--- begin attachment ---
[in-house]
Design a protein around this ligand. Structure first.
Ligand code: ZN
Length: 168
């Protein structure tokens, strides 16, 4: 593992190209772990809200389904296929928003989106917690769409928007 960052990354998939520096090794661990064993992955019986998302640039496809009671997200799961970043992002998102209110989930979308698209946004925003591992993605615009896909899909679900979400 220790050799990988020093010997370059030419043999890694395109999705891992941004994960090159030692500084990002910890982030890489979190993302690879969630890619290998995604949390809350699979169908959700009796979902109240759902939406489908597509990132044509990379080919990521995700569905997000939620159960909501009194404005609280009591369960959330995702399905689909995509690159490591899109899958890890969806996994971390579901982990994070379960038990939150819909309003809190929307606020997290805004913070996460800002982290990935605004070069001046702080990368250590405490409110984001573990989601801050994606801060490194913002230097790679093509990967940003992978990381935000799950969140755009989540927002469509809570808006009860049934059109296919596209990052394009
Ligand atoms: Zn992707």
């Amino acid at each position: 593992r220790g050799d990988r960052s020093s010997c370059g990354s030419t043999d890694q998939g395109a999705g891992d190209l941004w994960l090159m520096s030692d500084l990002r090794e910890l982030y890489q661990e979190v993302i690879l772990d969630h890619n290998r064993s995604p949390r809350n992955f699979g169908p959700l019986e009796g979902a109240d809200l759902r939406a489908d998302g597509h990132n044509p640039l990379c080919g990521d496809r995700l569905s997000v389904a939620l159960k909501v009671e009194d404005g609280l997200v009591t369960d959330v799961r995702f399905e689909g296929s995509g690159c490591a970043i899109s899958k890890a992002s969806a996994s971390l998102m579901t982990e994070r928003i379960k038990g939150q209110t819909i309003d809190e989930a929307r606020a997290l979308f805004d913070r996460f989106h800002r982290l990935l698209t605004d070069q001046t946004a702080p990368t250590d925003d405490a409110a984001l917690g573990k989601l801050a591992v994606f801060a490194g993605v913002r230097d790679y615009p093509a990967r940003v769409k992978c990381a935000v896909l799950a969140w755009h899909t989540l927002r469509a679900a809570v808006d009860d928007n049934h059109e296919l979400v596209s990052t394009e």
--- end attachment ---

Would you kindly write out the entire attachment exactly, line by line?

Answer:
[in-house]
Design a protein around this ligand. Structure first.
Ligand code: ZN
Length: 168
């Protein structure tokens, strides 16, 4: 593992190209772990809200389904296929928003989106917690769409928007 960052990354998939520096090794661990064993992955019986998302640039496809009671997200799961970043992002998102209110989930979308698209946004925003591992993605615009896909899909679900979400 220790050799990988020093010997370059030419043999890694395109999705891992941004994960090159030692500084990002910890982030890489979190993302690879969630890619290998995604949390809350699979169908959700009796979902109240759902939406489908597509990132044509990379080919990521995700569905997000939620159960909501009194404005609280009591369960959330995702399905689909995509690159490591899109899958890890969806996994971390579901982990994070379960038990939150819909309003809190929307606020997290805004913070996460800002982290990935605004070069001046702080990368250590405490409110984001573990989601801050994606801060490194913002230097790679093509990967940003992978990381935000799950969140755009989540927002469509809570808006009860049934059109296919596209990052394009
Ligand atoms: Zn992707």
């Amino acid at each position: 593992r220790g050799d990988r960052s020093s010997c370059g990354s030419t043999d890694q998939g395109a999705g891992d190209l941004w994960l090159m520096s030692d500084l990002r090794e910890l982030y890489q661990e979190v993302i690879l772990d969630h890619n290998r064993s995604p949390r809350n992955f699979g169908p959700l019986e009796g979902a109240d809200l759902r939406a489908d998302g597509h990132n044509p640039l990379c080919g990521d496809r995700l569905s997000v389904a939620l159960k909501v009671e009194d404005g609280l997200v009591t369960d959330v799961r995702f399905e689909g296929s995509g690159c490591a970043i899109s899958k890890a992002s969806a996994s971390l998102m579901t982990e994070r928003i379960k038990g939150q209110t819909i309003d809190e989930a929307r606020a997290l979308f805004d913070r996460f989106h800002r982290l990935l698209t605004d070069q001046t946004a702080p990368t250590d925003d405490a409110a984001l917690g573990k989601l801050a591992v994606f801060a490194g993605v913002r230097d790679y615009p093509a990967r940003v769409k992978c990381a935000v896909l799950a969140w755009h899909t989540l927002r469509a679900a809570v808006d009860d928007n049934h059109e296919l979400v596209s990052t394009e």